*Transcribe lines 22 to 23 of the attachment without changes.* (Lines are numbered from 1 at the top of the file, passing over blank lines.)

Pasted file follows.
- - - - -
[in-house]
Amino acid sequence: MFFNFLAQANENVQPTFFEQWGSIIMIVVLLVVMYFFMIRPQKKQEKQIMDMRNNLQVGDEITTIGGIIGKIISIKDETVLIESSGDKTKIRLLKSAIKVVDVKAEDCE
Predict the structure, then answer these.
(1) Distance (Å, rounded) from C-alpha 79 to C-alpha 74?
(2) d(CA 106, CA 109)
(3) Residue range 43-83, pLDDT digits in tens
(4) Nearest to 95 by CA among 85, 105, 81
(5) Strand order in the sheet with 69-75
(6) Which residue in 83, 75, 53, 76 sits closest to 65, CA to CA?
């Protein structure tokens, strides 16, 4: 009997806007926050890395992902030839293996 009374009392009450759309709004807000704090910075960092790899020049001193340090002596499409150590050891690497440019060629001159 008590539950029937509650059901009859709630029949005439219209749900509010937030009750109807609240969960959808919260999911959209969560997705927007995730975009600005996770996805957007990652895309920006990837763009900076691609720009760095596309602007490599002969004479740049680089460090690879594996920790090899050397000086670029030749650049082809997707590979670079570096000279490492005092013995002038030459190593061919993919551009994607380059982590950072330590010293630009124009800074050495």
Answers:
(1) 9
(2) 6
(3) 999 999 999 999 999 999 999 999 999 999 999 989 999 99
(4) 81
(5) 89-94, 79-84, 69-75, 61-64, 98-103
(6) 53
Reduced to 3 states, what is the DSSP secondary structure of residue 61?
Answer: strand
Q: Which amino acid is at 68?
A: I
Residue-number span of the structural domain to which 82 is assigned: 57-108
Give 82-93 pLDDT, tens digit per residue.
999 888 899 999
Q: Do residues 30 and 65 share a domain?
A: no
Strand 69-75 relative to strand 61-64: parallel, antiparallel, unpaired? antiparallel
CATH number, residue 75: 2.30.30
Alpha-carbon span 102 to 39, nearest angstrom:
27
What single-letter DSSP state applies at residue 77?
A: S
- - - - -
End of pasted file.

Residue-number span of the structural domain to which 82 is assigned: 57-108
Give 82-93 pLDDT, tens digit per residue.